Well, look with me at the second thing that Paul points out in the text. The new life of obedience is radical but notice it's also irreducibly relational. The graces that Paul mentions that we are to put on, do you see, they all presuppose community. They presuppose the church. They presuppose relationships with other Christians. They are a summary of the second table of the law. Here's what you need. Here's who you need to be to live out the Christian life in community and love your neighbor. They're all about "one another-ing." Aren't they? You see all the "one anothers"? We need meekness and humility and patience so that we can bear with one another that we may be enabled to forgive each other. Love must have an object. Paul says we are to love one another.


Not Alone

So the basic presupposition, the operating assumption is that Christians cannot grow in holiness on their own. If you are at home and you are at home because you elect to be at home, watching on TV or on a computer screen, not because you can’t be with God’s people in the life of the church but because you prefer to be alone, understand you cannot be a Christian alone. You are exposing yourself to danger. It takes the whole church to make a holy Christian. And that’s Paul’s presupposition.


I have a favorite metaphor. I’ve used it from the pulpit before. I use it in the Foundations Class, which if you haven’t attended I’d love to see you there; we have a good time together exploring who our church is and what we stand for and what our core commitments are. And you all would be most welcome. But a core metaphor I use often about the church to describe the church and its role in our sanctification, our growing in holiness – I think about a pebbly beach with nice round, smooth stones. How did those stones get round and smooth? They didn’t start that way. Did they? They were sharp and jagged and pointy, prickly and sore. And they got round and smooth by being slammed into one another over and over and over.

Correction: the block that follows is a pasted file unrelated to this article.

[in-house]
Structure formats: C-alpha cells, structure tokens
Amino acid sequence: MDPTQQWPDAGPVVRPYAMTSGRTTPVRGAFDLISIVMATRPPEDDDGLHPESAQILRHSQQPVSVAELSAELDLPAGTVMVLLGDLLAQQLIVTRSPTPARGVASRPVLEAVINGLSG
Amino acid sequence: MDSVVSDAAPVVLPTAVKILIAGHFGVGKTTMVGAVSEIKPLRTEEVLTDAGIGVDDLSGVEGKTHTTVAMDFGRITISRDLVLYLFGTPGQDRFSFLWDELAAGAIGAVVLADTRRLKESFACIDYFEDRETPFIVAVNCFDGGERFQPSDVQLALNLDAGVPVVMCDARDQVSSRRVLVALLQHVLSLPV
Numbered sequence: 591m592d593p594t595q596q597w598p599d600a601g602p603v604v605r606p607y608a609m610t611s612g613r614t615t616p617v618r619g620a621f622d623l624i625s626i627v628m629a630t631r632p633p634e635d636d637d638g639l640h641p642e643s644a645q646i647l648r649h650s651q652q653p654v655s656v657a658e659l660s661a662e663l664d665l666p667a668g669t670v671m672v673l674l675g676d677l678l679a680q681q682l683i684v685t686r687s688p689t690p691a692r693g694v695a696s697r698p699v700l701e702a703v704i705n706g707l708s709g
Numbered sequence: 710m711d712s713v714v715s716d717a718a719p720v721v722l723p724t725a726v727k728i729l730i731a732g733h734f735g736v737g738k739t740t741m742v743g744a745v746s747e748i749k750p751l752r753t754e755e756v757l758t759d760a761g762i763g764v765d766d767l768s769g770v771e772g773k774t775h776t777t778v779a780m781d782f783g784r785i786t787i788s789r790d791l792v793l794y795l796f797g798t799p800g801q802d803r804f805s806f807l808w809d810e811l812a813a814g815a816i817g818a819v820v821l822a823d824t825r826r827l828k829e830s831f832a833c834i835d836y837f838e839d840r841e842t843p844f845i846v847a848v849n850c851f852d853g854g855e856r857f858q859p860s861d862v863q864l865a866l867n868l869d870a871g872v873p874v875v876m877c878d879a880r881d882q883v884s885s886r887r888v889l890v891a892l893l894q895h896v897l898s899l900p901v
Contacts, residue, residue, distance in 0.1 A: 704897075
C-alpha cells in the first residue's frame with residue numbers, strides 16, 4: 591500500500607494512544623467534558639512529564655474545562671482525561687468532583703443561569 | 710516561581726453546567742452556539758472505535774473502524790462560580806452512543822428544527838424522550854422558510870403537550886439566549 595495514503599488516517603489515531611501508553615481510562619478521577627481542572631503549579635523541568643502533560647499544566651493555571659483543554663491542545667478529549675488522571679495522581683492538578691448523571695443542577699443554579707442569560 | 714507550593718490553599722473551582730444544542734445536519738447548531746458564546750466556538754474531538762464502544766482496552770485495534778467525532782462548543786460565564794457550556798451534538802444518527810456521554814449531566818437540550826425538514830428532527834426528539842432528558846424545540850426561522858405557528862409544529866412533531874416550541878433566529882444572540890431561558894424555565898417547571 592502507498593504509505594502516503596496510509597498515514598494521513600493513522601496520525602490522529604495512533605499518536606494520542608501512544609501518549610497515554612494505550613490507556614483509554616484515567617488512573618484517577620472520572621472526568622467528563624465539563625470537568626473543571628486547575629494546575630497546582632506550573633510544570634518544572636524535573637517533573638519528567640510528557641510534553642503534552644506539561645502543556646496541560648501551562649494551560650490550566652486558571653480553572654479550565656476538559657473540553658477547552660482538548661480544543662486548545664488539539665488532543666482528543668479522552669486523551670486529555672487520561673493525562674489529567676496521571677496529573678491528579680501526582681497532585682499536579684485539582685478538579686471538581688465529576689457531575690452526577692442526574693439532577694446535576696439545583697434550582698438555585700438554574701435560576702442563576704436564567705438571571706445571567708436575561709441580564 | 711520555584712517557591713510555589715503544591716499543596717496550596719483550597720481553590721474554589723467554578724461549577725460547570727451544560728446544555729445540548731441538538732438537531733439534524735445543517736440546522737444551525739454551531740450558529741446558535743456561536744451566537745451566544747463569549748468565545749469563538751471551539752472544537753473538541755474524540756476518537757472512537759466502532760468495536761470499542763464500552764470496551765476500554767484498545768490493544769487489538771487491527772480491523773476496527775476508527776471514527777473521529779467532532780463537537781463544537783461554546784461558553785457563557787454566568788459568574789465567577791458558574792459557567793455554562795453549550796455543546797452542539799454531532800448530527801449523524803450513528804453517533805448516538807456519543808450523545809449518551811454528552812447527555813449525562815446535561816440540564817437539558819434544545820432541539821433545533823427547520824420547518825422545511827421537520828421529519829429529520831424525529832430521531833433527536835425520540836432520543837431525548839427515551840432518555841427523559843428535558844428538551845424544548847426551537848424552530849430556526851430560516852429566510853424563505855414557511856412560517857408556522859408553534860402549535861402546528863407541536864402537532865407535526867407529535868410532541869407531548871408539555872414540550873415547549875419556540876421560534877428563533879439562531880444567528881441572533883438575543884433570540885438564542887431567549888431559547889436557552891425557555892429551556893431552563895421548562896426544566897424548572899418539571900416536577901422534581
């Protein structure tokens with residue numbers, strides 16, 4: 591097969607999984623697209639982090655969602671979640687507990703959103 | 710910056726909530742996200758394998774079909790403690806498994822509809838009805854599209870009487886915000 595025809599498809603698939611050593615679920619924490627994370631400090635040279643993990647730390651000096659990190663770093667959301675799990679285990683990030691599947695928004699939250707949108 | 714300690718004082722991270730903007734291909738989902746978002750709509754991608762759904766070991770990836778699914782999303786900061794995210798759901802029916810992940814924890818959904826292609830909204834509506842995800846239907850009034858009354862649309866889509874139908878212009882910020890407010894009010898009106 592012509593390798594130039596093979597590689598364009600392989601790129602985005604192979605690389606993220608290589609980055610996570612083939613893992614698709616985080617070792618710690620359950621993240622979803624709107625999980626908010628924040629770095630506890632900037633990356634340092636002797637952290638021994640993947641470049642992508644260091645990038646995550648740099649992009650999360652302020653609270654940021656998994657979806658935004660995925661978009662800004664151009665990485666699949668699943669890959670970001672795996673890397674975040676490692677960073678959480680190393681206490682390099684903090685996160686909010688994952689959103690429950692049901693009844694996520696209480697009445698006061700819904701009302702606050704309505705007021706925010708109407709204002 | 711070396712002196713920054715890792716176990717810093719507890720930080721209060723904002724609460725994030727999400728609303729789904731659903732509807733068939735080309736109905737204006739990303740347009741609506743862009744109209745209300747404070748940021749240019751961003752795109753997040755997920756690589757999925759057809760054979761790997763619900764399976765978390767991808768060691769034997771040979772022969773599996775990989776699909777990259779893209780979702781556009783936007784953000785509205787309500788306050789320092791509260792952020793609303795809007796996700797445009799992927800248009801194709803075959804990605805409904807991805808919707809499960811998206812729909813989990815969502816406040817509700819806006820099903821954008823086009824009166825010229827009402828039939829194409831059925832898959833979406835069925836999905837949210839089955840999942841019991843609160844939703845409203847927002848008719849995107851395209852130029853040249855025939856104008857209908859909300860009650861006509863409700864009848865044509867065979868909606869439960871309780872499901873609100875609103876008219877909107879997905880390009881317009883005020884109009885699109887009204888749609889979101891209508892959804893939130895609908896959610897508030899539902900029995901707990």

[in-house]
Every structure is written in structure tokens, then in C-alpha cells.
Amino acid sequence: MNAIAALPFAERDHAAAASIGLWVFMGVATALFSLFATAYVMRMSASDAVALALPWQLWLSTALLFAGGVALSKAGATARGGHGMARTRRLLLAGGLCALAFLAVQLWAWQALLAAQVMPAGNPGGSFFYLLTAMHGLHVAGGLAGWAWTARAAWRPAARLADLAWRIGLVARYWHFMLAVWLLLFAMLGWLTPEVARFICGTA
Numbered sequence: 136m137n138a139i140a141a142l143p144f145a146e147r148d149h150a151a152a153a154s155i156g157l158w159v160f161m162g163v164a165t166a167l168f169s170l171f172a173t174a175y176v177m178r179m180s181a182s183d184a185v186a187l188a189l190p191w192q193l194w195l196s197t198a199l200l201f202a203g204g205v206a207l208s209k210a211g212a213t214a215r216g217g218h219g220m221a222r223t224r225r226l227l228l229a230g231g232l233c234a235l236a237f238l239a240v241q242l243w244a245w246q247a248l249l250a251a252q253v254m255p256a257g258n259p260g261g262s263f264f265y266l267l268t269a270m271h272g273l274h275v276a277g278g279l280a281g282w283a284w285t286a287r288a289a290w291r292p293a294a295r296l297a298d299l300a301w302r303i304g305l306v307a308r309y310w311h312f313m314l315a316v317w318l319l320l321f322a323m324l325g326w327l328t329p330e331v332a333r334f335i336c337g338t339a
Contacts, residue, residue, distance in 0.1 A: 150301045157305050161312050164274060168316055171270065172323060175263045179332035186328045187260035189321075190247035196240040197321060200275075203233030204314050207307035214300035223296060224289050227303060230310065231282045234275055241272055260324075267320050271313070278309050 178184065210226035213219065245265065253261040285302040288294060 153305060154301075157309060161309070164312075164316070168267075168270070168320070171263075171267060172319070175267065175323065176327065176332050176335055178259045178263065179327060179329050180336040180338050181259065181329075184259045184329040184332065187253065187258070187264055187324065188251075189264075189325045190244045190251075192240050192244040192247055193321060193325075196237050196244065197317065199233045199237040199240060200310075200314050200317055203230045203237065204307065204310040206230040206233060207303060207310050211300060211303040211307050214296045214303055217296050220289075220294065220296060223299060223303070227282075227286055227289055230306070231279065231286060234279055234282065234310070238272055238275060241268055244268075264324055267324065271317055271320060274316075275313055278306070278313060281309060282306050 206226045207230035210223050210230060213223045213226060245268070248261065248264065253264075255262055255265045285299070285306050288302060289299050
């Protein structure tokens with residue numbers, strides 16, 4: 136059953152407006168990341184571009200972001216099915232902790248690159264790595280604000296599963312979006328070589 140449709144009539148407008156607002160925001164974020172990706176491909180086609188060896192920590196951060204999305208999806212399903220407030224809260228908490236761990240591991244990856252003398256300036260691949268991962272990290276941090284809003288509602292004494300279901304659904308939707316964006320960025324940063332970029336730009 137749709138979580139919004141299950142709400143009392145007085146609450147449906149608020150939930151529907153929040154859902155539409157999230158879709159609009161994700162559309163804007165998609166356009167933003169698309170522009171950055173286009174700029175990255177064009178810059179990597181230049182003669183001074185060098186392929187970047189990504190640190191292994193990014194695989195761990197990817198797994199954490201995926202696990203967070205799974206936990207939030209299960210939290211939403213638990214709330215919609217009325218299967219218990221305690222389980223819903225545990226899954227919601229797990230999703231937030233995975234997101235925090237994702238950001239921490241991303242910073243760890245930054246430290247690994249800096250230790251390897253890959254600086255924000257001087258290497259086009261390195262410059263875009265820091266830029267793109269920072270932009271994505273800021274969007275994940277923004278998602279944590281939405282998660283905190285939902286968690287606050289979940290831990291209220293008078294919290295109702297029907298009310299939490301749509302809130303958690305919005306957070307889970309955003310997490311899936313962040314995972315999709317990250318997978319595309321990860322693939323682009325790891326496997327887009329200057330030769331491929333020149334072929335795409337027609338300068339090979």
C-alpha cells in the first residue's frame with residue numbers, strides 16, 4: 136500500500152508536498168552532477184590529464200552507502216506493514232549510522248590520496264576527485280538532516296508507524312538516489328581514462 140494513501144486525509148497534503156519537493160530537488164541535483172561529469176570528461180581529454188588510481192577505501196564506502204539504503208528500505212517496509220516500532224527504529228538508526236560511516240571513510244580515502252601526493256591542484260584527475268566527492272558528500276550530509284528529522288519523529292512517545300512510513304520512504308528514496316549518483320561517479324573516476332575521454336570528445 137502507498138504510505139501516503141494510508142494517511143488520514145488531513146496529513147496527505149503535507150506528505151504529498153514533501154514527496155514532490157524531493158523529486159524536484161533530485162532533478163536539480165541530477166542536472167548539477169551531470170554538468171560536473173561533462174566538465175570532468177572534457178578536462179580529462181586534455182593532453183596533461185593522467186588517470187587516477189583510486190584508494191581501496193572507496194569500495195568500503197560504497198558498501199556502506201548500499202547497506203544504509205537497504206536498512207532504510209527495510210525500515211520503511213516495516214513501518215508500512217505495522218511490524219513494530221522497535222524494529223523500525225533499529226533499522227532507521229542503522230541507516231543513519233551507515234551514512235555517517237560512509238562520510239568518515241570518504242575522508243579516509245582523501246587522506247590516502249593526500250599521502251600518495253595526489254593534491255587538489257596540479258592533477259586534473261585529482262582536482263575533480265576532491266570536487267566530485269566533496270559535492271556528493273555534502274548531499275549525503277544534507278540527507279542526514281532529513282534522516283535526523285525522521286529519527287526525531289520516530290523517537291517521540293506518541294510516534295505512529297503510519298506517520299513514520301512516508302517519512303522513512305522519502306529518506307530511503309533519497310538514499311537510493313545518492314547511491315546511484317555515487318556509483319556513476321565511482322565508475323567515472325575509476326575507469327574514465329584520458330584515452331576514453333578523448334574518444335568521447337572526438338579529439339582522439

Sharp Edges

And that is God’s design for the local church. I dare say many of you are wonderfully smooth. But there may yet still be a few pointy, sharp edges here and there. And it can be difficult being in the church with people like that. Can’t it? When you are in close proximity to people like that, it’s awkward, sore, painful, abrasive. And that is precisely the point. Instead of backing off, instead of retreating into isolation, instead of opting simply to be a mere consumer to get in and out as fast as humanly possible with as little human contact as you can possibly manage, God intends for you to live in the community of the church, not to pull back but to press toward those people with the ragged edges because you have a few of your own. Me too.